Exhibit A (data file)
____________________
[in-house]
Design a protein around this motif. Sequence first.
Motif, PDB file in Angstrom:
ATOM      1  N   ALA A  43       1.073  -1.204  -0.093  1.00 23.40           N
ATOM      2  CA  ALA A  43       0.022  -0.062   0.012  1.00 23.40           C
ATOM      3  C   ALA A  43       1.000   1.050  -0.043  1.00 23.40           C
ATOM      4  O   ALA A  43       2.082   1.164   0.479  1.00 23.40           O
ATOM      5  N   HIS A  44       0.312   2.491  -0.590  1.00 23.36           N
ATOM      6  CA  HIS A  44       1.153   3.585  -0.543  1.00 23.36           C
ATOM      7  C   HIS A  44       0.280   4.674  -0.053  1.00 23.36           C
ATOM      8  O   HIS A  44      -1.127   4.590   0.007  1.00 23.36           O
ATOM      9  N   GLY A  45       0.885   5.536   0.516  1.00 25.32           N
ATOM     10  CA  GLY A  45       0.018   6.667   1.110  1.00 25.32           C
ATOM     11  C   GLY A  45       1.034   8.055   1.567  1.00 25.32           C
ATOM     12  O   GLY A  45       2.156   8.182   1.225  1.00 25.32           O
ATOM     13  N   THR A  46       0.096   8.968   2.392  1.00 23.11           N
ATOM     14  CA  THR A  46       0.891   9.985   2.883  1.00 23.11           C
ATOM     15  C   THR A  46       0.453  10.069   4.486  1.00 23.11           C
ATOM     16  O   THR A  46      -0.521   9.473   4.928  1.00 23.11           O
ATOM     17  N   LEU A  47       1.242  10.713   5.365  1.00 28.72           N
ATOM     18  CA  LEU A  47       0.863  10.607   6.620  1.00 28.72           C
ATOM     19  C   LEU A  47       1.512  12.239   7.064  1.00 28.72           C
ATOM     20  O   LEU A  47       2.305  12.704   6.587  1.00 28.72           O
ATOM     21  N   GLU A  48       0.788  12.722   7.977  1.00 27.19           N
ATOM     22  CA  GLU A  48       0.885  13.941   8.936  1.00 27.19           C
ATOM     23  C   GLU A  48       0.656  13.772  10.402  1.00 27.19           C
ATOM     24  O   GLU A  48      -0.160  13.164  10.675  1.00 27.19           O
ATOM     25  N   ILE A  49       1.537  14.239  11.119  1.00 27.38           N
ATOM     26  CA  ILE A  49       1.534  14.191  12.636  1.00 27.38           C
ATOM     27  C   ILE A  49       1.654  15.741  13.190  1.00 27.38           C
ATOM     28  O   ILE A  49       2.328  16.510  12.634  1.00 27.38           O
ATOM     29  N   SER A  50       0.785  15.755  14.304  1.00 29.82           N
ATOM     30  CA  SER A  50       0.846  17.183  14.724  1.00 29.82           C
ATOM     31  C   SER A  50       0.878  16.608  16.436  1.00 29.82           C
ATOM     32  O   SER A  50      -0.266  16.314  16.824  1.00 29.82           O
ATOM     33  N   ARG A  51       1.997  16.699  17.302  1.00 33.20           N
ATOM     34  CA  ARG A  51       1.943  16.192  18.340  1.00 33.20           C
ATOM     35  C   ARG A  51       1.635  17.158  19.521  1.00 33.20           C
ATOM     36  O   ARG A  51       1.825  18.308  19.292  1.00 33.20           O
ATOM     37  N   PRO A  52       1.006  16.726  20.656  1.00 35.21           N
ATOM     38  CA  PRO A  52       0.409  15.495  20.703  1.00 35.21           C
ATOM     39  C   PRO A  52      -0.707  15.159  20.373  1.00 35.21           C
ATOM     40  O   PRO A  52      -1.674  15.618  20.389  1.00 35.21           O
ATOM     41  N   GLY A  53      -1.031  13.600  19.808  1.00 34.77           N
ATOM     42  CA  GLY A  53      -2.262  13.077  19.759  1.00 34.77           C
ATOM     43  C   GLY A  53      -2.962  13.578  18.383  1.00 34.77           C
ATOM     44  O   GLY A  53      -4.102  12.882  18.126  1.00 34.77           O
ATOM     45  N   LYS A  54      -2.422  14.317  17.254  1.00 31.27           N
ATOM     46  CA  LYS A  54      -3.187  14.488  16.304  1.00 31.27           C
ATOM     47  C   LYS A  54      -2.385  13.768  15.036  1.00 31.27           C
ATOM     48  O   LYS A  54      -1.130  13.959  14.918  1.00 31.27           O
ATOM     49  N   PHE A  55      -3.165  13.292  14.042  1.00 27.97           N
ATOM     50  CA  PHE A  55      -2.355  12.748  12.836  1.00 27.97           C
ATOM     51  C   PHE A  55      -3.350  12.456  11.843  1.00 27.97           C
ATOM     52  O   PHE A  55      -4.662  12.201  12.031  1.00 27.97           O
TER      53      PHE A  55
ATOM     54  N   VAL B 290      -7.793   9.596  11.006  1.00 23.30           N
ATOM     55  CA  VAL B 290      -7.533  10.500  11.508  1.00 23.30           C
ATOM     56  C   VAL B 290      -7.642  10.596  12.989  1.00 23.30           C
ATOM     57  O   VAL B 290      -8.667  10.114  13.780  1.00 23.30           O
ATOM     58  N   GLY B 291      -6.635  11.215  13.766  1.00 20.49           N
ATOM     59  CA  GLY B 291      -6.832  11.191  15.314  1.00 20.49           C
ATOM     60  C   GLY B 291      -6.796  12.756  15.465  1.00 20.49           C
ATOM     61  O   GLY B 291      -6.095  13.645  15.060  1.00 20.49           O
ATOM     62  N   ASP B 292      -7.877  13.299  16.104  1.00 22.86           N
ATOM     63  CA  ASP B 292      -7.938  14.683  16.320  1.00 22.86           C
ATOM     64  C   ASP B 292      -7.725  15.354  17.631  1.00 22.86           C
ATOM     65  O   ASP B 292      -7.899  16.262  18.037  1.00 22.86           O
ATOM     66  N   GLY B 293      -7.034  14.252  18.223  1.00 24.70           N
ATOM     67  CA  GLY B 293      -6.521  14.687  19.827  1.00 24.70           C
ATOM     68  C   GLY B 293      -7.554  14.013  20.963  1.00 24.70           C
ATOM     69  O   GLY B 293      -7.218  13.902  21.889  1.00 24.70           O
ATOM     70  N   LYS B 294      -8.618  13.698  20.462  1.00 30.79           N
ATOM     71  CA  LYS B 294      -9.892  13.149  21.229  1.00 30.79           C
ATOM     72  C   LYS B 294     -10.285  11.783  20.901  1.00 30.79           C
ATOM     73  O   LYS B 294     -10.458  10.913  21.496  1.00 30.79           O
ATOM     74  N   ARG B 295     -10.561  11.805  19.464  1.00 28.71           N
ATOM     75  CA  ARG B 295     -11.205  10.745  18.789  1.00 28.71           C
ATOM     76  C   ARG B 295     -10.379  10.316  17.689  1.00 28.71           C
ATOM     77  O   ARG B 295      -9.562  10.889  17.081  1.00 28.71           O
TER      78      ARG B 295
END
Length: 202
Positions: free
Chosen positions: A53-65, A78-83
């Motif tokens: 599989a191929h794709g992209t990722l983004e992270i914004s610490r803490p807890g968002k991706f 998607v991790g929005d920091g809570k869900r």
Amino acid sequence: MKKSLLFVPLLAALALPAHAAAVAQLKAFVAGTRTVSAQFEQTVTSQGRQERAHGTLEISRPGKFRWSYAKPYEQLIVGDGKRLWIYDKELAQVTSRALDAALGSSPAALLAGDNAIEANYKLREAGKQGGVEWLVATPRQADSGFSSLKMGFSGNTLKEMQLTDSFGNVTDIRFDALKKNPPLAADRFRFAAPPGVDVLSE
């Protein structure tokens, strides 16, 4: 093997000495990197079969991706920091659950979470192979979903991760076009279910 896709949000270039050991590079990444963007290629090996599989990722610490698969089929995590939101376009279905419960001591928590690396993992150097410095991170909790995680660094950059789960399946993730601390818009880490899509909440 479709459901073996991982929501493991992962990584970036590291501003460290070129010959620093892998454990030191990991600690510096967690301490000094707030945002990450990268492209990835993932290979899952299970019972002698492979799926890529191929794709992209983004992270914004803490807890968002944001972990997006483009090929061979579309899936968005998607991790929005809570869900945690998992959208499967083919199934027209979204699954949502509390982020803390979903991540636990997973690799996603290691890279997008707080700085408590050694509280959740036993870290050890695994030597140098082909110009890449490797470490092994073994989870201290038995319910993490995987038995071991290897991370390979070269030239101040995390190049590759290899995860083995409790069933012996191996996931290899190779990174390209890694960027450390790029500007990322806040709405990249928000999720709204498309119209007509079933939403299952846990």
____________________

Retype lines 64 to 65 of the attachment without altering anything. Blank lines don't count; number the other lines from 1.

ATOM     61  O   GLY B 291      -6.095  13.645  15.060  1.00 20.49           O
ATOM     62  N   ASP B 292      -7.877  13.299  16.104  1.00 22.86           N